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Will Form LL help you protect yourself against property fraud?

For most of us, our home is the most valuable thing we own.  However, given how much money can be raised by selling or re-mortgaging a property, we can’t afford to forget it is just as valuable to fraudsters.  But how do you protect yourself against property fraud?

It is nothing new for fraudsters to impersonate the owner of a residential property so they can sell or mortgage the property without the real owners knowing then disappearing into thin air (and onto their next victim) with the money.

Perhaps you are the owner of a property abroad, are currently residing in a care home, let your property to tenants or have paid off your mortgage?  The properties most vulnerable to mortgage fraud are those which are empty, tenanted and mortgage free.

To reduce the threat faced by the most vulnerable property owners – those who own empty, rented out or mortgage free properties, the Land Registry has introduced a new ‘LL’ restriction.

If you are an absent owner (i.e. you are living abroad or with relatives or are resident in a care home) there is no cost for applying for a Form LL restriction using form RQ.

If you do live at your property, you can still apply for a Form LL using form RX1 but will need to pay a one off fee of £50.

Once the restriction is in place, selling or mortgaging the property will require a solicitor or conveyancer to formally confirm they are satisfied the owner involved is the true owner.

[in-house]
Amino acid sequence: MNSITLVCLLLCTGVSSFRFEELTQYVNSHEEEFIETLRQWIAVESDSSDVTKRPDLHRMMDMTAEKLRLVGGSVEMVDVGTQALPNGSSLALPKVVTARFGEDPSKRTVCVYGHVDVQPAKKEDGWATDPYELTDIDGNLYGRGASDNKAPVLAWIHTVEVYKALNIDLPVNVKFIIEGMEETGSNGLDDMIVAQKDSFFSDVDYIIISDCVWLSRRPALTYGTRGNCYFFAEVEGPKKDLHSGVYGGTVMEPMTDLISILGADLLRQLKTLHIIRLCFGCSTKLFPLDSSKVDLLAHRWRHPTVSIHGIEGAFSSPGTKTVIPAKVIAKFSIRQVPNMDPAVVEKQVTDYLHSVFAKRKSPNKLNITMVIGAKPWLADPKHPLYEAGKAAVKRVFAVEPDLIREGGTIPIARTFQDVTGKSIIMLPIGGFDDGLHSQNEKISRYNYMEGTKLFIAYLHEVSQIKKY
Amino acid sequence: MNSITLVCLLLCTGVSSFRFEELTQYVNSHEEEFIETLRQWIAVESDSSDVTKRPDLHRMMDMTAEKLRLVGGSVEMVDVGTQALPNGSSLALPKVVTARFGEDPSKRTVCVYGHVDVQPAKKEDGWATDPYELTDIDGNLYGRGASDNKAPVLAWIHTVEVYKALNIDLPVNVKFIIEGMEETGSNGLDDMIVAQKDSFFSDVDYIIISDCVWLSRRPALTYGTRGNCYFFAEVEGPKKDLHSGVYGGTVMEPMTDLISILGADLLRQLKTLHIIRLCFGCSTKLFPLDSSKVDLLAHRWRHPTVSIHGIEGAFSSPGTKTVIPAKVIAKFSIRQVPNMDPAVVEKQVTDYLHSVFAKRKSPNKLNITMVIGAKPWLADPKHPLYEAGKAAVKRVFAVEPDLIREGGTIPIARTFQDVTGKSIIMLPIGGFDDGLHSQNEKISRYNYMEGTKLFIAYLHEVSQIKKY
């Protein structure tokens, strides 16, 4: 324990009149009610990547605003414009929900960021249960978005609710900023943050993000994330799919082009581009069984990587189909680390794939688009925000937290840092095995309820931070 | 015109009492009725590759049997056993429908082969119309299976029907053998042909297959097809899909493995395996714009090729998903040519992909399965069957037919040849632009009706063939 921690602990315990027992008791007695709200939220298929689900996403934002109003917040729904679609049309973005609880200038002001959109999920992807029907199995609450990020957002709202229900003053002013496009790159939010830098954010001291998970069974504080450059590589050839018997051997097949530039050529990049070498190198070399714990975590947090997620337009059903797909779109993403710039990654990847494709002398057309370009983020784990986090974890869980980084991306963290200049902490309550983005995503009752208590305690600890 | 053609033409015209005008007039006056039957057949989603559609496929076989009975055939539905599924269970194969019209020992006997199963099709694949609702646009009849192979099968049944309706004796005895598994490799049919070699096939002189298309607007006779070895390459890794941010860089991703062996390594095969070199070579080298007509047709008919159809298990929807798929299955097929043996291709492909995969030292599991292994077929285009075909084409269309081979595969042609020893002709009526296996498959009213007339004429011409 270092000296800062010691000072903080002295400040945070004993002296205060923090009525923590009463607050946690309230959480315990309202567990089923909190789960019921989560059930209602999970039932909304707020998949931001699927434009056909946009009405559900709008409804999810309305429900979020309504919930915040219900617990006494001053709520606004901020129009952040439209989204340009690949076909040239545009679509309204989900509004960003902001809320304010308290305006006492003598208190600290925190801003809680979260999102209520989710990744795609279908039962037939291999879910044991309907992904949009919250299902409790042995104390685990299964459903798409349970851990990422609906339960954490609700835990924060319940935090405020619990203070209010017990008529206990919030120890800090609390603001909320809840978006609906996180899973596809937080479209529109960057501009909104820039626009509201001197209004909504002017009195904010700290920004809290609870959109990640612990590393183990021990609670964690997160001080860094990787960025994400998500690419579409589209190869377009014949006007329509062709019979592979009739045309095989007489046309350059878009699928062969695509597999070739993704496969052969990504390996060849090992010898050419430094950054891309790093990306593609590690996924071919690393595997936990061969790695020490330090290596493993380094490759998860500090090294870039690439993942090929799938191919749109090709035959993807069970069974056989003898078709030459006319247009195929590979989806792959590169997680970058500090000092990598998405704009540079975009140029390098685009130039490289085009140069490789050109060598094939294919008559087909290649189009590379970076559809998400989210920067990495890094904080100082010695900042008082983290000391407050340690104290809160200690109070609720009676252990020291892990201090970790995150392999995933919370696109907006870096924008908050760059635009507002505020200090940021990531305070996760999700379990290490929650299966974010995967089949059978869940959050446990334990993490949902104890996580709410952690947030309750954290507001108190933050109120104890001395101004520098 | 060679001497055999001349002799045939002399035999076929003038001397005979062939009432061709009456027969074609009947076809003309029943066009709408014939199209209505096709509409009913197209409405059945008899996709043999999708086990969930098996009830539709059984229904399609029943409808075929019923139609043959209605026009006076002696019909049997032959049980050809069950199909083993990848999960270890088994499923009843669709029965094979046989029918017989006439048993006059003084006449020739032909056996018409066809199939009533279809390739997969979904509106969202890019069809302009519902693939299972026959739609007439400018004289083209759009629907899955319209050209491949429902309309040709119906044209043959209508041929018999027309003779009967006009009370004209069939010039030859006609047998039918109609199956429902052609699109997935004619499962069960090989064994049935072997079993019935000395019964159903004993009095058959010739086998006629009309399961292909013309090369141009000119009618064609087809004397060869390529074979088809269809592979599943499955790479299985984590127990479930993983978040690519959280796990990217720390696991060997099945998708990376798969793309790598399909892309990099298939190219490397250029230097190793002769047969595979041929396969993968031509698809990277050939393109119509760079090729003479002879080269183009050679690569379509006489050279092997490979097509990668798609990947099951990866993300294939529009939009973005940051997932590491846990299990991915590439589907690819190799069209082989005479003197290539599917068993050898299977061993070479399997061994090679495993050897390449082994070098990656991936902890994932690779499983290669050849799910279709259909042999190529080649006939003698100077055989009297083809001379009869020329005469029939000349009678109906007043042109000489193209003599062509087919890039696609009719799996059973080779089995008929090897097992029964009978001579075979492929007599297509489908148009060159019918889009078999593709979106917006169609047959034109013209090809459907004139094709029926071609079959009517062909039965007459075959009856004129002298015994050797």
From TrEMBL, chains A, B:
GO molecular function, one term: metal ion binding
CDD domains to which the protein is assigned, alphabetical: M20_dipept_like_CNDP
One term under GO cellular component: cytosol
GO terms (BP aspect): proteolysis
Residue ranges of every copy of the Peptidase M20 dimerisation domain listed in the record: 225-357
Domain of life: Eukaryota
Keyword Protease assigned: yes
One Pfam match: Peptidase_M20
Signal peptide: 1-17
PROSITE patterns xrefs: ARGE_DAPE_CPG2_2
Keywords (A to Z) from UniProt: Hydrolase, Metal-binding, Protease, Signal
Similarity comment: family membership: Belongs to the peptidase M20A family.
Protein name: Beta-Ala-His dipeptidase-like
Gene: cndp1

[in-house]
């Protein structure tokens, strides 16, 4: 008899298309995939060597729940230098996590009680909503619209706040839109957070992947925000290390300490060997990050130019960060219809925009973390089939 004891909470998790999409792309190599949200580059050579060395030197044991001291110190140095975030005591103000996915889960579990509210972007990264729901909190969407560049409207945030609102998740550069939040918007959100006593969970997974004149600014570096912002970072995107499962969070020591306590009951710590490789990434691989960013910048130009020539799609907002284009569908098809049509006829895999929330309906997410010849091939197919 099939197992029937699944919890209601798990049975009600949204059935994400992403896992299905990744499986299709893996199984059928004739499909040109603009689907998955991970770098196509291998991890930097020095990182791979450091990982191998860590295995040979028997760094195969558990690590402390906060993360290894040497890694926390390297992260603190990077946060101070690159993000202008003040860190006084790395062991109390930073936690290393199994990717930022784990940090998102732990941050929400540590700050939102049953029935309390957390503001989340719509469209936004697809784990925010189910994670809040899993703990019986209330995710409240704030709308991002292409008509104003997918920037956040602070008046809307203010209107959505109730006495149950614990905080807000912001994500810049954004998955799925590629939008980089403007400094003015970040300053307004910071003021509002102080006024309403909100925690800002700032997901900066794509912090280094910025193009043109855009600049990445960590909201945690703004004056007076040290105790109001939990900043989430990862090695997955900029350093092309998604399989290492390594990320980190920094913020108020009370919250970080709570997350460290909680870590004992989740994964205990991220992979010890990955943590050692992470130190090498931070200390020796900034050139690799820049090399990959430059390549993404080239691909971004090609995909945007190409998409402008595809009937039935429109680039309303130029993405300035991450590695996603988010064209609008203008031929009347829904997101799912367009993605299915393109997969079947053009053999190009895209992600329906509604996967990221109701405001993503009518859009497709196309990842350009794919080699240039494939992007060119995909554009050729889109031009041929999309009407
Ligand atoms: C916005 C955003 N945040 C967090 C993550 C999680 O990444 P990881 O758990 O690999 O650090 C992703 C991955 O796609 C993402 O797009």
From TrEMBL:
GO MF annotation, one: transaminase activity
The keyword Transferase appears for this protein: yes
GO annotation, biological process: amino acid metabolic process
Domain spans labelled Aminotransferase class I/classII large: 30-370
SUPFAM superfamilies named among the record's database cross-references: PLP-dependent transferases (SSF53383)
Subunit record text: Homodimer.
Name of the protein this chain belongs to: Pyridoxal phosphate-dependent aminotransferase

What is the Form LL restriction?

A Form LL restriction is registered against a property to help protect you against fraud.  Currently it’s neither mandatory nor an official part of the conveyancing process but if you have it in place, a fraudster will be unable to sell your property without your knowledge because, as it says in the restriction:

“No disposition of the registered estate by the proprietor of the registered estate is to be registered without a certificate signed by a conveyancer that the conveyancer is satisfied that the person who executed the document submitted for registration as disponor is the same person as the proprietor.”

Is the Form LL restriction a good idea for landlords?

We’d say yes, definitely.

Because tenants are onsite – often for extensive periods of time – and can be privy to their landlord’s personal details, they are often the most likely people to attempt to sell or re-mortgage a property.

As such putting a Form LL restriction in place will provide a much needed additional layer of protection against possible property fraud.

How do you protect yourself against property fraud?

Unfortunately, instances of property fraud are on the rise in the UK following the following tips will help you protect yourself against property fraud:

1. Register your property

2. Make sure the Land Registry has your most up to date contact details

3. Register for the Land Registry’s Property Alert service

4. Think about backing the three previous steps up with a Form LL restriction

If you would like us to help you put a Form LL restriction in place to protect you against the threat of property fraud (or if you have any other questions regarding moving house), please email me at Jeremy.Tulloch@collinshoy.com or call me on 0208 515 6600.